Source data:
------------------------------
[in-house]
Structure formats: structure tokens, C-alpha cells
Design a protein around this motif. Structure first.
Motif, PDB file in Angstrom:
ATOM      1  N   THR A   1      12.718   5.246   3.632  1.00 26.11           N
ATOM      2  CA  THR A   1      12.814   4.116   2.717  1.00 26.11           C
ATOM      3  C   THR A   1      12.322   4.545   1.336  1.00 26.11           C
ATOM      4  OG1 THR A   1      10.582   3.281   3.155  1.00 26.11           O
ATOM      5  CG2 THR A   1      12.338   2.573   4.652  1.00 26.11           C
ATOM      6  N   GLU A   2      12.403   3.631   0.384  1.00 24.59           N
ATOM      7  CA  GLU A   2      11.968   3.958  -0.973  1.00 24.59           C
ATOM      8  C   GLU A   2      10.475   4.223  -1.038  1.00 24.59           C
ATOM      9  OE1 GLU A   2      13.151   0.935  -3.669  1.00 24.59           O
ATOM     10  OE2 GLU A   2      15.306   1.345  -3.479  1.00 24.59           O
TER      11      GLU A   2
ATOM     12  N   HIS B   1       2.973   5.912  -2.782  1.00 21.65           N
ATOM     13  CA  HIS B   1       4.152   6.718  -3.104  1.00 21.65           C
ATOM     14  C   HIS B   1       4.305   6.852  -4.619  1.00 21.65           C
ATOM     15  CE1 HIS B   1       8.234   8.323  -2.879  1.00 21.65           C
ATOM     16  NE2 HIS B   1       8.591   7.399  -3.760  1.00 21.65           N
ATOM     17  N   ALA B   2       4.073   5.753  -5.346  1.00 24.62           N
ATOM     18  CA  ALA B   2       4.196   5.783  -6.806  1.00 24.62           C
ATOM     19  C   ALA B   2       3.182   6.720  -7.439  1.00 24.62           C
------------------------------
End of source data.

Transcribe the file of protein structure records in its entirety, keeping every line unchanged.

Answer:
[in-house]
Structure formats: structure tokens, C-alpha cells
Design a protein around this motif. Structure first.
Motif, PDB file in Angstrom:
ATOM      1  N   THR A   1      12.718   5.246   3.632  1.00 26.11           N
ATOM      2  CA  THR A   1      12.814   4.116   2.717  1.00 26.11           C
ATOM      3  C   THR A   1      12.322   4.545   1.336  1.00 26.11           C
ATOM      4  OG1 THR A   1      10.582   3.281   3.155  1.00 26.11           O
ATOM      5  CG2 THR A   1      12.338   2.573   4.652  1.00 26.11           C
ATOM      6  N   GLU A   2      12.403   3.631   0.384  1.00 24.59           N
ATOM      7  CA  GLU A   2      11.968   3.958  -0.973  1.00 24.59           C
ATOM      8  C   GLU A   2      10.475   4.223  -1.038  1.00 24.59           C
ATOM      9  OE1 GLU A   2      13.151   0.935  -3.669  1.00 24.59           O
ATOM     10  OE2 GLU A   2      15.306   1.345  -3.479  1.00 24.59           O
TER      11      GLU A   2
ATOM     12  N   HIS B   1       2.973   5.912  -2.782  1.00 21.65           N
ATOM     13  CA  HIS B   1       4.152   6.718  -3.104  1.00 21.65           C
ATOM     14  C   HIS B   1       4.305   6.852  -4.619  1.00 21.65           C
ATOM     15  CE1 HIS B   1       8.234   8.323  -2.879  1.00 21.65           C
ATOM     16  NE2 HIS B   1       8.591   7.399  -3.760  1.00 21.65           N
ATOM     17  N   ALA B   2       4.073   5.753  -5.346  1.00 24.62           N
ATOM     18  CA  ALA B   2       4.196   5.783  -6.806  1.00 24.62           C
ATOM     19  C   ALA B   2       3.182   6.720  -7.439  1.00 24.62           C